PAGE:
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5 comments on “Shepard Fairey, White Entitlement, and Corporate Interests”

i had originally read this story on the wooster collective and they never mention the photographer, never give him a voice.
also the comments on the article about fairey threatening baxtor or seem to rally behind fairey without acknowledging the appropriation in his work.
i appreciate this perspective since it is such a confusing and grey matter. one that is present throughout art history (from example surrealist appropriation of african tribal art) though given a fresh intensity with the spread of images via the internet and within a supremely capitalist system and consumeristic culture.
i recently watched a video of fairey that appeared on usa network. it saddened me to see that he was advertised as a face of radical politics and contemporary street art.
how do you hold someone like that accountable?

Admittedly, I’m drawn to appropriation in other venues, and Adelaide is right that there’s a long history of it. I think it’s useful to distinguish between those appropriators who used the technique as a form of criticism, and those, like Fairey, who merely (and selfishly) co-opt.
I recently read one commentary that read Fairey’s appropriation of radical work as ironic, and it made my head spin. If that’s not proof that he decontextualizes the work in a way that’s detrimental to the original image, I don’t know what is!
So, I’m feeling similarly about this AP business. I find myself coming to Fairey’s defense in conversations about it, and I’m totally unnerved by what I’m saying! The repercussions of this legal battle will negatively impact those who critically appropriate, and those kinds of producers are already under fire. Is it worth hedging our bets and backing this guy? How much does it suck that it seems to come down to that??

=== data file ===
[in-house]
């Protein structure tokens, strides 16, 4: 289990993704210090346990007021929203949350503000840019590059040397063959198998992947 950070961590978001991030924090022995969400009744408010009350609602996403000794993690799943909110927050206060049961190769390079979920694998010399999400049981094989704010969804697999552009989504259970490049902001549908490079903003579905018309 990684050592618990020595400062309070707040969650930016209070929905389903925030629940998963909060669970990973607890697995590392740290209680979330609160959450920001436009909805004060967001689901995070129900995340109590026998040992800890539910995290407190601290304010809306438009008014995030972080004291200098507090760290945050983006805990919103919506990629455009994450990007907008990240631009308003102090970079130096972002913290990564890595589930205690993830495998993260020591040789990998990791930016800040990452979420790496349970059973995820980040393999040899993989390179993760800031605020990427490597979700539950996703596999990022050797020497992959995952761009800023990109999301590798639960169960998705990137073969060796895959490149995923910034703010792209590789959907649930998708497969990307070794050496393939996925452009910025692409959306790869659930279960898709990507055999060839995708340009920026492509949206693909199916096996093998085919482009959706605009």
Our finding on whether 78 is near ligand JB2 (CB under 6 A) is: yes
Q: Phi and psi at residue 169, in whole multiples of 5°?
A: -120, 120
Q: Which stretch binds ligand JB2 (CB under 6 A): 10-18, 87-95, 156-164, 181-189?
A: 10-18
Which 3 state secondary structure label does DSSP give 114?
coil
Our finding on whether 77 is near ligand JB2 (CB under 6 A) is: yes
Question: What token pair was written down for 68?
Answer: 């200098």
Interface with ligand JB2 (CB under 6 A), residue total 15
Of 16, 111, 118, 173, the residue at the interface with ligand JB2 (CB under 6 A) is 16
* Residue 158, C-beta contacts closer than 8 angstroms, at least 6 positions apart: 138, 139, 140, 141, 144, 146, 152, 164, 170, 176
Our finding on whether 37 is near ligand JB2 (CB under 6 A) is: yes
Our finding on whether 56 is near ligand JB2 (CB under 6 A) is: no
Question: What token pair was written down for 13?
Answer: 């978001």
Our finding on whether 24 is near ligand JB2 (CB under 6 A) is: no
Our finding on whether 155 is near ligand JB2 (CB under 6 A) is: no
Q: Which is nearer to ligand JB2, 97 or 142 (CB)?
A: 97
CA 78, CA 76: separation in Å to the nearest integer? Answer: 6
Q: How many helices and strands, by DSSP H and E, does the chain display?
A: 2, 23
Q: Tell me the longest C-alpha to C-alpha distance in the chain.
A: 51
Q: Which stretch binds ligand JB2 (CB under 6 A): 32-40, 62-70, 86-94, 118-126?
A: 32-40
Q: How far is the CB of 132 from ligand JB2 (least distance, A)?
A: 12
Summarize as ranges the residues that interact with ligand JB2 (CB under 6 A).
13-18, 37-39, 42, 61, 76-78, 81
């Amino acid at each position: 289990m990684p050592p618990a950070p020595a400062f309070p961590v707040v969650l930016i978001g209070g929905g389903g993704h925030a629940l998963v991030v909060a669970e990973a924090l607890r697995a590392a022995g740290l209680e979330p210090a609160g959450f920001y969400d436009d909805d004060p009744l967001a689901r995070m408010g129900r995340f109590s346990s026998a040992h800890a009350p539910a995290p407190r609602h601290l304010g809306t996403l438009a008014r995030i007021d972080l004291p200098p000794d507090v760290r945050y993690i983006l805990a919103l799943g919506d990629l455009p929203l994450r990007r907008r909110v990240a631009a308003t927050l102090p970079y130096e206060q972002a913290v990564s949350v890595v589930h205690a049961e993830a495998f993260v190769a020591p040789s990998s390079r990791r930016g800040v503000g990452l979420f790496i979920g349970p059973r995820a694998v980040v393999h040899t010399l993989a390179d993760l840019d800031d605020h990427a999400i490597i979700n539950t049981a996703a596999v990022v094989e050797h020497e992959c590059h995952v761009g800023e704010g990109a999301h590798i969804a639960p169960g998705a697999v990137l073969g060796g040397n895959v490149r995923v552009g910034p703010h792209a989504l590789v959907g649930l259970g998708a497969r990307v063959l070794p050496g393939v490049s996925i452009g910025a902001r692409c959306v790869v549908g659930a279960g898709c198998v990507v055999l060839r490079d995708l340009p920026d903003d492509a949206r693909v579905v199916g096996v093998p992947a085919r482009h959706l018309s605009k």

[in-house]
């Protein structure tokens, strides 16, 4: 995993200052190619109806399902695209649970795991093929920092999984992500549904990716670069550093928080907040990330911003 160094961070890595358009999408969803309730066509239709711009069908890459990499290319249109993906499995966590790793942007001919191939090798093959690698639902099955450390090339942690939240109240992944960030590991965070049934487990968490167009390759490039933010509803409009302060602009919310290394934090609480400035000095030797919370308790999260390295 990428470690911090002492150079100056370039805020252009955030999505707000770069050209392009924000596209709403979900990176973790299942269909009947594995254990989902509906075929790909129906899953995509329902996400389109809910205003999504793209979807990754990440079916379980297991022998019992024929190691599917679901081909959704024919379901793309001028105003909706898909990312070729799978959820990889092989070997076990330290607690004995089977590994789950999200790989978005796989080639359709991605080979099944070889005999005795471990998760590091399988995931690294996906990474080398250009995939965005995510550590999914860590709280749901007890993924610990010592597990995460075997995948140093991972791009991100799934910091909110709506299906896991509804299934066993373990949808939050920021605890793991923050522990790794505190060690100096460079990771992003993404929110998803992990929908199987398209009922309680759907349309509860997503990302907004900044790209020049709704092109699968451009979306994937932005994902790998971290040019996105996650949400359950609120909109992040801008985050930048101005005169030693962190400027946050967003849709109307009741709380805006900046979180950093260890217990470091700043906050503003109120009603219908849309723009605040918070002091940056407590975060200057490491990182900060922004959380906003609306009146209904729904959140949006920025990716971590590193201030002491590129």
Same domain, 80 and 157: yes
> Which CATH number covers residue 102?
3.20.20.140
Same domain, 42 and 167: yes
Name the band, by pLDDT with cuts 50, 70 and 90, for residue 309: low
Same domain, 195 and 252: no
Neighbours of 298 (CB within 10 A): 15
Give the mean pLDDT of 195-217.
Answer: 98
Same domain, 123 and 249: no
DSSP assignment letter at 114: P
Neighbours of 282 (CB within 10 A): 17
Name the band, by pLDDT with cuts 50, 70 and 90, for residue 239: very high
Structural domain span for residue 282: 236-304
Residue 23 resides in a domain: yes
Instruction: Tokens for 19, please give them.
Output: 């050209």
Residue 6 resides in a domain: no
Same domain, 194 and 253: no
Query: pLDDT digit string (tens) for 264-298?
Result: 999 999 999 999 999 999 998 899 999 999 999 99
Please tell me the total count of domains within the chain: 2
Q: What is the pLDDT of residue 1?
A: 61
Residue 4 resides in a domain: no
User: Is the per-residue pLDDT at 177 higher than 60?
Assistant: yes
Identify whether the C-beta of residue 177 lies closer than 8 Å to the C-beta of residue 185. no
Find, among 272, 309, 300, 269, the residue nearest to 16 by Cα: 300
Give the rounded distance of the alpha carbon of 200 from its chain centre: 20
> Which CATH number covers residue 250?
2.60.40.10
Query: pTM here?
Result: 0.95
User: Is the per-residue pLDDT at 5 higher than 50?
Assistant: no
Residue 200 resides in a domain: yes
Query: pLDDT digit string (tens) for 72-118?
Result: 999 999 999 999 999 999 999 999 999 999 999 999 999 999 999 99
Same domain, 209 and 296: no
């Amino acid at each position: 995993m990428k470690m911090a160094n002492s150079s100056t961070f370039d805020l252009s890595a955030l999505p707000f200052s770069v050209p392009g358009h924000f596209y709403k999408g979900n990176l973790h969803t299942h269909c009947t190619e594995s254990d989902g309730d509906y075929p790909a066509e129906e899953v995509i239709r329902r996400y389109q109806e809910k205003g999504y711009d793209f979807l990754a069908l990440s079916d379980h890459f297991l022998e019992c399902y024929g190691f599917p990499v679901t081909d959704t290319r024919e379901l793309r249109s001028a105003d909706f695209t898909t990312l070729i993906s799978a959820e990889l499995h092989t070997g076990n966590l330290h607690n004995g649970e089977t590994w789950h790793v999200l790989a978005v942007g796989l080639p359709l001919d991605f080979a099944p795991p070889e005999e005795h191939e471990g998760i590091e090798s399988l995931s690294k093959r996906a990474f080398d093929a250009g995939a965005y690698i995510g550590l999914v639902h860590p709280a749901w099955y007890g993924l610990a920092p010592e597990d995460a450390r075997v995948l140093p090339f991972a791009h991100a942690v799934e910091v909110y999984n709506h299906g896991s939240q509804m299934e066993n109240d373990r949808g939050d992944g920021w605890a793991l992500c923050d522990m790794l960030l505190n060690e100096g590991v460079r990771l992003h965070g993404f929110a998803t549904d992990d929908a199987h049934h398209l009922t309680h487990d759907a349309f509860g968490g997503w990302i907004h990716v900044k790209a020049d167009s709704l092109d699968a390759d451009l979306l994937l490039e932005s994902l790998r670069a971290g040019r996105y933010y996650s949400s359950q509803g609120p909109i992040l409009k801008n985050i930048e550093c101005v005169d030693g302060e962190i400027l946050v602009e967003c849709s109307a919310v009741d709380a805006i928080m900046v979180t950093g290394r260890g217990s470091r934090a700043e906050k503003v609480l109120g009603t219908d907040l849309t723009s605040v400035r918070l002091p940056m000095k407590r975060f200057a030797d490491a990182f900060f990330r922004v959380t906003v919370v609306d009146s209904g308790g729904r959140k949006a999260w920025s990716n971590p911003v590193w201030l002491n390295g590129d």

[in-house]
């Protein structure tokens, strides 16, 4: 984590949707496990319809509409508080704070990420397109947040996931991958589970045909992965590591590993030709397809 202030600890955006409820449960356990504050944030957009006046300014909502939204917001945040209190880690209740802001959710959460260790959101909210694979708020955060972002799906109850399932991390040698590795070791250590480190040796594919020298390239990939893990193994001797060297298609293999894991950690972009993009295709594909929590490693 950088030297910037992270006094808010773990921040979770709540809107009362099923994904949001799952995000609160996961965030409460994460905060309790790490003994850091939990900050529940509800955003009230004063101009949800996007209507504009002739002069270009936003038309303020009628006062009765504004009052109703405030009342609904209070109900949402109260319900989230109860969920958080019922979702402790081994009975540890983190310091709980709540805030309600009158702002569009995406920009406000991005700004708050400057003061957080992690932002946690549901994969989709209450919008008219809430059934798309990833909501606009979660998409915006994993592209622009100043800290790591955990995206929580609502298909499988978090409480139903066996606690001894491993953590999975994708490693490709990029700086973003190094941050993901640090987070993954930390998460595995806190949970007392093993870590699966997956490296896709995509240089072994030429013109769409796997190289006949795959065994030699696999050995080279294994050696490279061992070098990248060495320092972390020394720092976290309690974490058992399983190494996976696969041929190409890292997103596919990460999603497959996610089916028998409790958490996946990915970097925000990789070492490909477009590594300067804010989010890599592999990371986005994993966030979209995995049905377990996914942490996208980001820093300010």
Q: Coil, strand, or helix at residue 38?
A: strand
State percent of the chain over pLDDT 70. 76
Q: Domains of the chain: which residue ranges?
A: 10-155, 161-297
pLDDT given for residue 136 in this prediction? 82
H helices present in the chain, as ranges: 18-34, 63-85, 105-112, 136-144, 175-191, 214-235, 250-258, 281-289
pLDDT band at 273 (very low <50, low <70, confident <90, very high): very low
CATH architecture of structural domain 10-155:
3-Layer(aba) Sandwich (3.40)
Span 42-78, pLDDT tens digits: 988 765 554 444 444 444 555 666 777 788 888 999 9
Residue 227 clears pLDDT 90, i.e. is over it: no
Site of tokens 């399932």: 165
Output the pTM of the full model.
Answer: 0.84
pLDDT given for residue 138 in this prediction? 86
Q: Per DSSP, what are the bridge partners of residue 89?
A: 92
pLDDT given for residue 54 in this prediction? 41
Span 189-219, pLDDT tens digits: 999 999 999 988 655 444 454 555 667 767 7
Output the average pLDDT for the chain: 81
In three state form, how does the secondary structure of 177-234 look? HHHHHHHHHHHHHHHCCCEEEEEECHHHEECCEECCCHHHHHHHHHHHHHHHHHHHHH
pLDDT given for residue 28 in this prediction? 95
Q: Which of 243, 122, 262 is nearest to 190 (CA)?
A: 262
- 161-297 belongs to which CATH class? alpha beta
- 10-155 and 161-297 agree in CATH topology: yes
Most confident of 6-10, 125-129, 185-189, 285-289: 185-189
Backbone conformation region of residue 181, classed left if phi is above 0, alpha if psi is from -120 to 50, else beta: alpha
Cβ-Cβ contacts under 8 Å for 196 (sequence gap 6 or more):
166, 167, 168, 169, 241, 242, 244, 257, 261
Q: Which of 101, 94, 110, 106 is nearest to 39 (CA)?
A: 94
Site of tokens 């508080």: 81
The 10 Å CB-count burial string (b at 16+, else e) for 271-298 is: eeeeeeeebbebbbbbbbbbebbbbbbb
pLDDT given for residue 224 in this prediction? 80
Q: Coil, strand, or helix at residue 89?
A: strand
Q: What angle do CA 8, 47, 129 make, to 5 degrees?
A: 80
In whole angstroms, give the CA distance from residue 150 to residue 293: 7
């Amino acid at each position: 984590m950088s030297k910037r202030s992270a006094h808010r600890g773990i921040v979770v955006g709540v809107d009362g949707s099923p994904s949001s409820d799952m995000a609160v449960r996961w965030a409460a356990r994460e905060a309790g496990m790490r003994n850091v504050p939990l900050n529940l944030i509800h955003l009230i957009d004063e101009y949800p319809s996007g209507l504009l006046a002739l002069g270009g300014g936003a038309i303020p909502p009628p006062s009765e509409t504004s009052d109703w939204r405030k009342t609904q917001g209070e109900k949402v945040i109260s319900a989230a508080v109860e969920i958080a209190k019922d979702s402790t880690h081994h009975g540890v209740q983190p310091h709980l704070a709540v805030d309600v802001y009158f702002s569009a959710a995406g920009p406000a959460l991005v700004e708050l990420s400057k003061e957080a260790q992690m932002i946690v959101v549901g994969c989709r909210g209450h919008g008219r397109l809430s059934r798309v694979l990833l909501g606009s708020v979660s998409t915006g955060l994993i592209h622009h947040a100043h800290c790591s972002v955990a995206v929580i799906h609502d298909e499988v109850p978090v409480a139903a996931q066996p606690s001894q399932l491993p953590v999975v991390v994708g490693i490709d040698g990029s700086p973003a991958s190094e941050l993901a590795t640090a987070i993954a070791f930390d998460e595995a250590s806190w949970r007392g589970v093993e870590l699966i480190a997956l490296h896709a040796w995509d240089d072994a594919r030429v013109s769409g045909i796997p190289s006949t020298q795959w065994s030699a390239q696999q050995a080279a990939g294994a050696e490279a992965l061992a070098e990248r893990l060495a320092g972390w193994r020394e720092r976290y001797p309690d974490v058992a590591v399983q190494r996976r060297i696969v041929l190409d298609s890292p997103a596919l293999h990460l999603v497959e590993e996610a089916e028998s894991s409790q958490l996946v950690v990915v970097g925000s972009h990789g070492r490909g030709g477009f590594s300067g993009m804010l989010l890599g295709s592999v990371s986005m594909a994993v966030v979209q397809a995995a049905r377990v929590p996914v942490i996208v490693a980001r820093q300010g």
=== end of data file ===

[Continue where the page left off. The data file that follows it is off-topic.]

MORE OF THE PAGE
Shorter version: “like all right-thinking people, I don’t like the idea that people can sue each other for what should be covered by fair use, BUT I kind of think Fairey is a twat.”

Thanks Favianna,
This is a great note on the complexities and worth approaches to the issues. I do agree with your overall analysis and contradictions, and having seen myself in similar circumstances defending an unfair circumstance in which this artist is just an instrument of manipulation I feel the pain. Unfortunately, if AP goes ahead the Rogers vs Koons is an unfortunate and reminiscent precedent, that much in the same fashion that you describe did a lot of damage to open cultural development despite diverging opinions on the work of Koons, which incidentally I find far more interesting than Fairey’s, but that is another story.
I think that we are going to be pulled in a hightly demagogic debate, where issues of class, ownership are going to be manipulated, in a cover up to seal up public domain, hybridization, and the constant flux of shared culture. For instance since you wrote your entry I have found in closed circles an outrage not so much for the disrespect of not recognizing the reference taken, but for doing so with a “working class” photographer. Often meaning the amount of work put into ones labor, which is far from the issue here, Fairey also makes a dedicated effort, Garcia also got paid, and he does not make a change of condition claim per se other than recognition, which albeit late, he got. And this is used to attack not so much Fairey but the notion that truthfulness and authenticity reside with that picture, whereas it really touches on far more complex issues like the ones you point out.
Anyhow, I do agree that this is not so much about him, or his Obama piece, but about us and what effect it may have if he is cut short from doing what he does through repressive means on the rest of us and the culture we aim to share.

shepard fairey IS a twat
he aligns himself with the typical self righteous liberal attitude.
his art is boring and speaks on such a superficial level. obey giant sucks as well. he’s propagating this meme without truly understanding the potential of memetic warfare.
he understands the nature of the viral idea, but he fails to charge his symbols with anything meaningful.